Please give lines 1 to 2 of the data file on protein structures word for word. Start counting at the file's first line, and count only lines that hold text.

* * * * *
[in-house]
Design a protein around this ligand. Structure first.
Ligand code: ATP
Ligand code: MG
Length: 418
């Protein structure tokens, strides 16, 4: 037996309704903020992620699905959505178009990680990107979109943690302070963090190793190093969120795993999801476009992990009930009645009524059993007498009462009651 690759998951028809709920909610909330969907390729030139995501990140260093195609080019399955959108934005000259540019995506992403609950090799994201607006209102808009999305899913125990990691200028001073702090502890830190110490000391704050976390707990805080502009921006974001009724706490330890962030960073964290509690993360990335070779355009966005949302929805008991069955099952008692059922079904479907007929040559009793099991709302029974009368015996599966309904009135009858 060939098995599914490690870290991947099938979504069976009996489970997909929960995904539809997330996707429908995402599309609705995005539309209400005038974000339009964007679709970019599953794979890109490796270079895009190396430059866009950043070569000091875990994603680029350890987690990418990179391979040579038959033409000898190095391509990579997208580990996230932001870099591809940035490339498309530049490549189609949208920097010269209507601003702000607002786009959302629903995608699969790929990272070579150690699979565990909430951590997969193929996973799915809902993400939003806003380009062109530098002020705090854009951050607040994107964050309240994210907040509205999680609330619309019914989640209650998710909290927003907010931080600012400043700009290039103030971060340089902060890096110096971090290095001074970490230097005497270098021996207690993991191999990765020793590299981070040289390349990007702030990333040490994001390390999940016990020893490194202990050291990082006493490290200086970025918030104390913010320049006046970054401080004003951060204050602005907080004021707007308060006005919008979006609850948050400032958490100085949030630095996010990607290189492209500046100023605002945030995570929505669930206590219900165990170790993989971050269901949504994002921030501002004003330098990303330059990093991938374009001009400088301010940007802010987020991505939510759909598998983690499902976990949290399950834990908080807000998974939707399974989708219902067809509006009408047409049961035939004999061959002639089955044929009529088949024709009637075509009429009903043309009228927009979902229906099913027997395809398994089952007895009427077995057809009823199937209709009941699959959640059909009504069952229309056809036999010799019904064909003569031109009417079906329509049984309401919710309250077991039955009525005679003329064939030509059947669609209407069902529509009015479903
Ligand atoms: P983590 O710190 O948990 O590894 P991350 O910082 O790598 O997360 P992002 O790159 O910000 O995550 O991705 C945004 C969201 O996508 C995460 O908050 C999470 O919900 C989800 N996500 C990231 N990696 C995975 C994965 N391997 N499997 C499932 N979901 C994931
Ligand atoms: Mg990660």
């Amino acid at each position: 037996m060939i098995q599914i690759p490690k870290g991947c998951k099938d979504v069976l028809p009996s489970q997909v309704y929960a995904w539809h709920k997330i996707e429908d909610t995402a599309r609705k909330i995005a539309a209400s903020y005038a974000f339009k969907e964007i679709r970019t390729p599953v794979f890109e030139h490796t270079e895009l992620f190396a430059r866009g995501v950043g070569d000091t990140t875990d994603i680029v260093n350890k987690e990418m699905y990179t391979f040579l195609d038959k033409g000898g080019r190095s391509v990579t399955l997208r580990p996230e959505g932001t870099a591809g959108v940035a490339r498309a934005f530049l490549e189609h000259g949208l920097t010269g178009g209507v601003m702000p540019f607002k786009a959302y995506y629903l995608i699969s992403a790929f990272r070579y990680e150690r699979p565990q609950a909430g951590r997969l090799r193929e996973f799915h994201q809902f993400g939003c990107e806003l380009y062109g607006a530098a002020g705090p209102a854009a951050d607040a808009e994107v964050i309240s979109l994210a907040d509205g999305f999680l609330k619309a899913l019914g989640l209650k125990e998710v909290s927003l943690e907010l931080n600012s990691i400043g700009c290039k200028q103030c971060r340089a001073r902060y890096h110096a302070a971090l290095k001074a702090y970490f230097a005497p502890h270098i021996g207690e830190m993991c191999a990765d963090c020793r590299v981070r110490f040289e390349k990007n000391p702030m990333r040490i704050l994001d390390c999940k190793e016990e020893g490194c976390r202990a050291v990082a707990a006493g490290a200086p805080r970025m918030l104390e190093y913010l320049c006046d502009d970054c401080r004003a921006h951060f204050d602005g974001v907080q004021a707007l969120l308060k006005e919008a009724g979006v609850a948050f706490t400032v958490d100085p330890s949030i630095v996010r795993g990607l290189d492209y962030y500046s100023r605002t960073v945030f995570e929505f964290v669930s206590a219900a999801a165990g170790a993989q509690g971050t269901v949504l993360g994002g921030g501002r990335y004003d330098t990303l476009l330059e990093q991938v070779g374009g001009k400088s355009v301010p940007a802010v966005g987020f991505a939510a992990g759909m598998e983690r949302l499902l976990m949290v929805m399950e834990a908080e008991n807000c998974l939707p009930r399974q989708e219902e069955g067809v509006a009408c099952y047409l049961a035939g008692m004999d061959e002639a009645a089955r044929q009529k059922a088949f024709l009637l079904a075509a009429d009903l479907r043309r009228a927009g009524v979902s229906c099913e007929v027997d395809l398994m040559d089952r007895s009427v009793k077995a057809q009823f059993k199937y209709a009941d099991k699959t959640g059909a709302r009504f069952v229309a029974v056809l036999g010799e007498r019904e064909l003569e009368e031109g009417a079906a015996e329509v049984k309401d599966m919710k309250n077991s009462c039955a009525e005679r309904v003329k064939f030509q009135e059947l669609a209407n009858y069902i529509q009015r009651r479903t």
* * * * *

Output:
[in-house]
Design a protein around this ligand. Structure first.